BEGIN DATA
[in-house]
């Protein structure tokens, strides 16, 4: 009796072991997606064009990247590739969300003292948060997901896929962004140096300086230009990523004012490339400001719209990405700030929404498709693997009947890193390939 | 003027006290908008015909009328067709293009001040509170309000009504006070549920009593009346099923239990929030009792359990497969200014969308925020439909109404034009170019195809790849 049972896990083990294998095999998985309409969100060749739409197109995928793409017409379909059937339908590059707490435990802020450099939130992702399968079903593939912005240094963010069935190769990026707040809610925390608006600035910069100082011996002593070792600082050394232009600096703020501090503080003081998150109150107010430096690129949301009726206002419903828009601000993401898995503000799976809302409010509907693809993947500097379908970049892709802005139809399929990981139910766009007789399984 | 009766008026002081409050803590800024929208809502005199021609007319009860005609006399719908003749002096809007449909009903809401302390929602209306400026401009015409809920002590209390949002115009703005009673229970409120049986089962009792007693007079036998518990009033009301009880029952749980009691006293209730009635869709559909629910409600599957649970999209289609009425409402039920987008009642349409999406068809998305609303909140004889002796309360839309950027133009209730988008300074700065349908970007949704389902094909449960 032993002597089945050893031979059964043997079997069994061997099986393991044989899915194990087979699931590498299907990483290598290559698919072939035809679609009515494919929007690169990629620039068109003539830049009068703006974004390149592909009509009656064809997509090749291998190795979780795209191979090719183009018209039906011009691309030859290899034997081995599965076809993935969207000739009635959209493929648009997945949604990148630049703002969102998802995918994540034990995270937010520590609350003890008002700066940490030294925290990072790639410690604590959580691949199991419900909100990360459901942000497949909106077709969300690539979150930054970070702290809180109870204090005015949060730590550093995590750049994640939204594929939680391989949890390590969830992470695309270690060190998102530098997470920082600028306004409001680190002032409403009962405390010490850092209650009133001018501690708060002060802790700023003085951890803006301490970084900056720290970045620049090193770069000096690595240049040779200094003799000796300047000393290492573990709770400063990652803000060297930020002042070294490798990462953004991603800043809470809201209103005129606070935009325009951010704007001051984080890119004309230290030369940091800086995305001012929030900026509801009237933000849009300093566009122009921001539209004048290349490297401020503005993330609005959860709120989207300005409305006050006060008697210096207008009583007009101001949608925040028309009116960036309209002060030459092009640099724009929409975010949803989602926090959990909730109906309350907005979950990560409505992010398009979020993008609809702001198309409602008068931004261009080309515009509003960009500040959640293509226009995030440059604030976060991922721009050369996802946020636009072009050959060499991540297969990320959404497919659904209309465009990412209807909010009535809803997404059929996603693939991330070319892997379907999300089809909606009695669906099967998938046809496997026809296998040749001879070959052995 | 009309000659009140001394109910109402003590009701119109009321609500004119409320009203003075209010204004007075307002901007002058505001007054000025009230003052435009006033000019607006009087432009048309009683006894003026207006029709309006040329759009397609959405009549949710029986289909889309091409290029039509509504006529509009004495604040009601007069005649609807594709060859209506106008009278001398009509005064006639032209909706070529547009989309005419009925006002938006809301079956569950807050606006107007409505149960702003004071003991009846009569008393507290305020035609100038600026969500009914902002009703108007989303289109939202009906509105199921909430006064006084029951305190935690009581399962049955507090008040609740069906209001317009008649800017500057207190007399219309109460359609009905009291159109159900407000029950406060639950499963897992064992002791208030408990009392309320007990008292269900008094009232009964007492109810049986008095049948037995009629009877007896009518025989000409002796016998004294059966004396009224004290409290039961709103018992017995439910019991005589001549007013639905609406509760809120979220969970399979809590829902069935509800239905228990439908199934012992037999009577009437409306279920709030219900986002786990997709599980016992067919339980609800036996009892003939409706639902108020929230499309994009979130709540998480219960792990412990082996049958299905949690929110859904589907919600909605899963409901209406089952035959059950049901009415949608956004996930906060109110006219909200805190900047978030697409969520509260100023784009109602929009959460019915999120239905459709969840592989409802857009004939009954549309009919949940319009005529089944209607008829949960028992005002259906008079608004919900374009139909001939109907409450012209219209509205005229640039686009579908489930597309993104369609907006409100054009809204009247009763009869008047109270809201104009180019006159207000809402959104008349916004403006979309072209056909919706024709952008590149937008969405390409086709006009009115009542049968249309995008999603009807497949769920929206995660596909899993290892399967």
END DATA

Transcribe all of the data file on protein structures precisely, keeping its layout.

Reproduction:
[in-house]
């Protein structure tokens, strides 16, 4: 009796072991997606064009990247590739969300003292948060997901896929962004140096300086230009990523004012490339400001719209990405700030929404498709693997009947890193390939 | 003027006290908008015909009328067709293009001040509170309000009504006070549920009593009346099923239990929030009792359990497969200014969308925020439909109404034009170019195809790849 049972896990083990294998095999998985309409969100060749739409197109995928793409017409379909059937339908590059707490435990802020450099939130992702399968079903593939912005240094963010069935190769990026707040809610925390608006600035910069100082011996002593070792600082050394232009600096703020501090503080003081998150109150107010430096690129949301009726206002419903828009601000993401898995503000799976809302409010509907693809993947500097379908970049892709802005139809399929990981139910766009007789399984 | 009766008026002081409050803590800024929208809502005199021609007319009860005609006399719908003749002096809007449909009903809401302390929602209306400026401009015409809920002590209390949002115009703005009673229970409120049986089962009792007693007079036998518990009033009301009880029952749980009691006293209730009635869709559909629910409600599957649970999209289609009425409402039920987008009642349409999406068809998305609303909140004889002796309360839309950027133009209730988008300074700065349908970007949704389902094909449960 032993002597089945050893031979059964043997079997069994061997099986393991044989899915194990087979699931590498299907990483290598290559698919072939035809679609009515494919929007690169990629620039068109003539830049009068703006974004390149592909009509009656064809997509090749291998190795979780795209191979090719183009018209039906011009691309030859290899034997081995599965076809993935969207000739009635959209493929648009997945949604990148630049703002969102998802995918994540034990995270937010520590609350003890008002700066940490030294925290990072790639410690604590959580691949199991419900909100990360459901942000497949909106077709969300690539979150930054970070702290809180109870204090005015949060730590550093995590750049994640939204594929939680391989949890390590969830992470695309270690060190998102530098997470920082600028306004409001680190002032409403009962405390010490850092209650009133001018501690708060002060802790700023003085951890803006301490970084900056720290970045620049090193770069000096690595240049040779200094003799000796300047000393290492573990709770400063990652803000060297930020002042070294490798990462953004991603800043809470809201209103005129606070935009325009951010704007001051984080890119004309230290030369940091800086995305001012929030900026509801009237933000849009300093566009122009921001539209004048290349490297401020503005993330609005959860709120989207300005409305006050006060008697210096207008009583007009101001949608925040028309009116960036309209002060030459092009640099724009929409975010949803989602926090959990909730109906309350907005979950990560409505992010398009979020993008609809702001198309409602008068931004261009080309515009509003960009500040959640293509226009995030440059604030976060991922721009050369996802946020636009072009050959060499991540297969990320959404497919659904209309465009990412209807909010009535809803997404059929996603693939991330070319892997379907999300089809909606009695669906099967998938046809496997026809296998040749001879070959052995 | 009309000659009140001394109910109402003590009701119109009321609500004119409320009203003075209010204004007075307002901007002058505001007054000025009230003052435009006033000019607006009087432009048309009683006894003026207006029709309006040329759009397609959405009549949710029986289909889309091409290029039509509504006529509009004495604040009601007069005649609807594709060859209506106008009278001398009509005064006639032209909706070529547009989309005419009925006002938006809301079956569950807050606006107007409505149960702003004071003991009846009569008393507290305020035609100038600026969500009914902002009703108007989303289109939202009906509105199921909430006064006084029951305190935690009581399962049955507090008040609740069906209001317009008649800017500057207190007399219309109460359609009905009291159109159900407000029950406060639950499963897992064992002791208030408990009392309320007990008292269900008094009232009964007492109810049986008095049948037995009629009877007896009518025989000409002796016998004294059966004396009224004290409290039961709103018992017995439910019991005589001549007013639905609406509760809120979220969970399979809590829902069935509800239905228990439908199934012992037999009577009437409306279920709030219900986002786990997709599980016992067919339980609800036996009892003939409706639902108020929230499309994009979130709540998480219960792990412990082996049958299905949690929110859904589907919600909605899963409901209406089952035959059950049901009415949608956004996930906060109110006219909200805190900047978030697409969520509260100023784009109602929009959460019915999120239905459709969840592989409802857009004939009954549309009919949940319009005529089944209607008829949960028992005002259906008079608004919900374009139909001939109907409450012209219209509205005229640039686009579908489930597309993104369609907006409100054009809204009247009763009869008047109270809201104009180019006159207000809402959104008349916004403006979309072209056909919706024709952008590149937008969405390409086709006009009115009542049968249309995008999603009807497949769920929206995660596909899993290892399967």